Diesel vehicles throughout the world have become more popular as diesel engine technology has advanced due to their excellent fuel economy over petrol vehicles. However, diesel vehicles have a drawback as they have high NOx and particulate emissions when compared to petrol vehicles. To counteract this, the existing Euro Emissions Standards were tightened. In order for vehicles to meet these guidelines many green initiatives were introduced by vehicle manufacturers, such as Start/Stop technology. One of the most important was the introduction of diesel particulate filters, or DPFs (FAPs).
What is it made from?
DPFs are normally made from two different materials.
The first, Cordierite is most commonly used and is found in our standard range of DPFs. It is a ceramic material with excellent filtration efficiency and thermal properties. The only drawback of cordierite is its relatively low melting point of 1200°C, and they have occasionally been known to melt during regeneration if the filter is extremely blocked – although these instances are very rare. Cordierite DPFs are commonly used in the aftermarket and in additive systems in conjunction with diesel oxidisation catalysts.
The second material is Silicon Carbide (SiC). This is found in our Premium range of DPFs and is a compound of silicon and carbon. It has a melting point of 2700°C so is extremely unlikely to melt during regeneration. It has to be made from small segments fixed together with special cement to enable it to cope with heat expansion. They also boast 99% filtration efficiency. They are commonly used in O.E and catalysing DPFs.
How do they work?
A DPF is NOT a “flow-through” device, the gasses are forced through. Unlike a catalytic converter, the channels of the filter are blocked at alternate ends, forcing the gasses to flow through the cell walls in order to exit the filter. As the cell walls are porous, the clean gasses can pass through, but the holes are not large enough to let particulate matter pass through. Instead this is deposited on the cell walls and trapped in the filter.
The Engine Management System (ECU) constantly monitors the filter and will carry out a regeneration to stop it blocking.
What is Regeneration?
As a DPF is a “soot trap” it has to be able to clean itself to prevent it becoming blocked and affecting the running of the vehicle. This process is known as regeneration. There are three different types of regeneration:
Passive Regeneration occurs during normal driving conditions when the DPF becomes hot enough to burn off some of the trapped particulates naturally at 550°C.
Active Regeneration is an ECU led process. When the level of soot in the filter reaches around 45%, the ECU will make small adjustments to the fuel injection timing and increases the exhaust gas temperature. The optimum temperature required for particle combustion is 600°C. Active regeneration normally occurs around every 450 miles, but it does depend on how the vehicle is driven. Vehicles that are primarily driven on short urban journeys will regenerate more often than those primarily driven on motorways. This is due to a greater build up of particles at lower speeds. The regeneration cycle will generally be triggered by the back pressure. Failing this, mileage is used as a back up.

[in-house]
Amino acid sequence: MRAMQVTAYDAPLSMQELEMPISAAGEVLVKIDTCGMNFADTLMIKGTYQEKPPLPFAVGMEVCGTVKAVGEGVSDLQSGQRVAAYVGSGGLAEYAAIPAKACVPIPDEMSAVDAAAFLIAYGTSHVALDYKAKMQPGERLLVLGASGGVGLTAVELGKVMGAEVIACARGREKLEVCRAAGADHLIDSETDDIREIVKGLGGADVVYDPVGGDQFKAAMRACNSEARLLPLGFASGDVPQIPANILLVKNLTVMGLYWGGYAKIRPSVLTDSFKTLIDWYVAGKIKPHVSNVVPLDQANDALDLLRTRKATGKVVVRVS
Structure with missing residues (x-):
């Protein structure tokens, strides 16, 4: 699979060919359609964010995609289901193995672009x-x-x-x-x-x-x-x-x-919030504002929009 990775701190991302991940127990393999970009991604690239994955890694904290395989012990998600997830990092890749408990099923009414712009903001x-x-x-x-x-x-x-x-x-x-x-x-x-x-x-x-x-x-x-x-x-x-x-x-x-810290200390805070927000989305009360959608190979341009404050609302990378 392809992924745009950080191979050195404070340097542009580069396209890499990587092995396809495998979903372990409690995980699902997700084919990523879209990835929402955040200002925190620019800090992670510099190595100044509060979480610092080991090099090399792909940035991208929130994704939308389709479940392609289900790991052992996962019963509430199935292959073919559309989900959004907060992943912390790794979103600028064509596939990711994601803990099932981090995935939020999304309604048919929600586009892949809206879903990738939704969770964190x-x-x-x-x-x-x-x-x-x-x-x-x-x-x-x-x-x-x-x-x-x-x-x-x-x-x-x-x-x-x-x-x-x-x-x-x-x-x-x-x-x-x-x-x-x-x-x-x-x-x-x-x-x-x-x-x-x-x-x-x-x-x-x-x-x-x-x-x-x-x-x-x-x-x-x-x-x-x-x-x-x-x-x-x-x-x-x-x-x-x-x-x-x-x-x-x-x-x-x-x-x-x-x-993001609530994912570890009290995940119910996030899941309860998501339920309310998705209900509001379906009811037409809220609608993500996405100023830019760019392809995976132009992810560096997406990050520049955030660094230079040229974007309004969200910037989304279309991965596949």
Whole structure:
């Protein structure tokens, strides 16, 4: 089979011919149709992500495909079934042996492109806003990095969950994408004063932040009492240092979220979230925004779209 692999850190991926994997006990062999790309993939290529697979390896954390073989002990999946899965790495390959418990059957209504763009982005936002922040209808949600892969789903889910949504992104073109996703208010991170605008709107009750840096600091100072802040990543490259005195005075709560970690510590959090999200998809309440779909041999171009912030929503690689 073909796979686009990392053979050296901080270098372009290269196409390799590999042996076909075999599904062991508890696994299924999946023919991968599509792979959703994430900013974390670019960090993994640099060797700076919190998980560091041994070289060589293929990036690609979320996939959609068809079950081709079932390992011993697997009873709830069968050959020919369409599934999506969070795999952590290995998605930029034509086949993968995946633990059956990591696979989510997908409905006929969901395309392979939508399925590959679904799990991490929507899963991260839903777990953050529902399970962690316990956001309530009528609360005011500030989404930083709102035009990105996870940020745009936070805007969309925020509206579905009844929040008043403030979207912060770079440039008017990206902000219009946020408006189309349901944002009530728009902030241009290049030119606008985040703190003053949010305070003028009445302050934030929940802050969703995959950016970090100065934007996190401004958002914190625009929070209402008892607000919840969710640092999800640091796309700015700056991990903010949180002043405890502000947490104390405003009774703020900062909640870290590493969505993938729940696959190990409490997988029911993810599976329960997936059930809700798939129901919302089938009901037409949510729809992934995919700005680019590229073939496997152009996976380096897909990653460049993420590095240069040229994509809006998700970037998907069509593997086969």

During active regeneration it is common to see smoke being emitted from the exhaust as the particulates are burned off. The fuel economy of the vehicle will also decrease during an active regeneration phase.
Forced Regeneration is carried out by garages with Diagnostic equipment.
Whilst all DPFs work in the same way car manufacturers use slightly different variations of the technology.
Fuel Additive Systems – used in conjunction with a diesel catalyst, this type of DPF uses a fuel additive in order to aid the regeneration process. The additive enables regeneration to take place at a lower temperature of 400°C in conditions where regeneration would not normally be possible. It is advised that this type of DPF needs to be replaced as a service item at around 75,000 miles. Fuel additive systems are favoured by French manufacturers, ie Peugeot and Citroen, along with Volvo.
Coated DPFs – or a “non-additive” DPF, uses a precious metal coating to aid the regeneration process. The coated DPF catalyses as well as filters, so the vehicle doesn’t necessarily need a separate catalytic converter. The coating of precious metals also lowers the point of “Regeneration” to 400°C. Using this type of system, the DPF can expect to last around 150,000 miles under normal operating conditions. Coated DPFs are favoured by German manufacturers such as BMW, VAG and Mercedes along with Jaguar and Land Rover.
Fault & Maintenance Checks
The DPF is unlikely to be the cause of the vehicle fault. Make sure the fault is rectified before fitting a replacement part.
“The DPF light comes back on within a few miles” – was the ECU set up properly? Are the pressure pipes blocked? Have the pressure sensors been checked?
“The DPF keeps blocking up” – is the vehicle getting long enough journeys to regenerate? Has the fuel additive tank been filled?
Carrying out the correct diagnostic checks is very important when replacing a DPF to ensure the replacement works as it should. The following should be checked as routine when replacing a DPF:
- DPF Pressure Pipes and Sensors
- Oil Level
- Oil Specification
- Fuel Additive level (where applicable)
- Sensors – check all are operating correctly
- EGR System
- Air flow Meter
- Engine and Turbo Wear
- Glow Plugs
- Air Filter
- ECU Malfunctions